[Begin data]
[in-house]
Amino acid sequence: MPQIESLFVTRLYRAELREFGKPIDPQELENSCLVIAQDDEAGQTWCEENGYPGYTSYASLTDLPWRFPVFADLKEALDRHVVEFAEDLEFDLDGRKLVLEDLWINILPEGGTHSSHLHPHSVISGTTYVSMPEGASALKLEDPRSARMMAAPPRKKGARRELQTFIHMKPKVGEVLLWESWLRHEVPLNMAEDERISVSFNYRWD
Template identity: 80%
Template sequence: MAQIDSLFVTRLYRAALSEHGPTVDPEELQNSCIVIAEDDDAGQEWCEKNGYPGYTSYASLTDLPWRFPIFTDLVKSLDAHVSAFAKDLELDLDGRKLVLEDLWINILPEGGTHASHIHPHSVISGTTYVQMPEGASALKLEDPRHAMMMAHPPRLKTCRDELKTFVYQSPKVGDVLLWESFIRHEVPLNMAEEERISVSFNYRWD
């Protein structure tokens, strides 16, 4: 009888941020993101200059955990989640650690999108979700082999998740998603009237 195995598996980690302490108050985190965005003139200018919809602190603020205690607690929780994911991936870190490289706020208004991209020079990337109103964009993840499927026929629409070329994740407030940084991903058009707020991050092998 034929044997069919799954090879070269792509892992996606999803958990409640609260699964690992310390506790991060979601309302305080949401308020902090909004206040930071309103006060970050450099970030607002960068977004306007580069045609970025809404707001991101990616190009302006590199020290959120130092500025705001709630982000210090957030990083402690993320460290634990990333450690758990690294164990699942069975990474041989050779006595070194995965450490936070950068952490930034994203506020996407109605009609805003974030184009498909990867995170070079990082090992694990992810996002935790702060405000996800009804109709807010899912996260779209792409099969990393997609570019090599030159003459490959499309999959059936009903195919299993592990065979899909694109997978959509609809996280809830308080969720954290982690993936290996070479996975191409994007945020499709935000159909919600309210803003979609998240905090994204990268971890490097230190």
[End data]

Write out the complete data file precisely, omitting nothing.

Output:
[in-house]
Amino acid sequence: MPQIESLFVTRLYRAELREFGKPIDPQELENSCLVIAQDDEAGQTWCEENGYPGYTSYASLTDLPWRFPVFADLKEALDRHVVEFAEDLEFDLDGRKLVLEDLWINILPEGGTHSSHLHPHSVISGTTYVSMPEGASALKLEDPRSARMMAAPPRKKGARRELQTFIHMKPKVGEVLLWESWLRHEVPLNMAEDERISVSFNYRWD
Template identity: 80%
Template sequence: MAQIDSLFVTRLYRAALSEHGPTVDPEELQNSCIVIAEDDDAGQEWCEKNGYPGYTSYASLTDLPWRFPIFTDLVKSLDAHVSAFAKDLELDLDGRKLVLEDLWINILPEGGTHASHIHPHSVISGTTYVQMPEGASALKLEDPRHAMMMAHPPRLKTCRDELKTFVYQSPKVGDVLLWESFIRHEVPLNMAEEERISVSFNYRWD
């Protein structure tokens, strides 16, 4: 009888941020993101200059955990989640650690999108979700082999998740998603009237 195995598996980690302490108050985190965005003139200018919809602190603020205690607690929780994911991936870190490289706020208004991209020079990337109103964009993840499927026929629409070329994740407030940084991903058009707020991050092998 034929044997069919799954090879070269792509892992996606999803958990409640609260699964690992310390506790991060979601309302305080949401308020902090909004206040930071309103006060970050450099970030607002960068977004306007580069045609970025809404707001991101990616190009302006590199020290959120130092500025705001709630982000210090957030990083402690993320460290634990990333450690758990690294164990699942069975990474041989050779006595070194995965450490936070950068952490930034994203506020996407109605009609805003974030184009498909990867995170070079990082090992694990992810996002935790702060405000996800009804109709807010899912996260779209792409099969990393997609570019090599030159003459490959499309999959059936009903195919299993592990065979899909694109997978959509609809996280809830308080969720954290982690993936290996070479996975191409994007945020499709935000159909919600309210803003979609998240905090994204990268971890490097230190």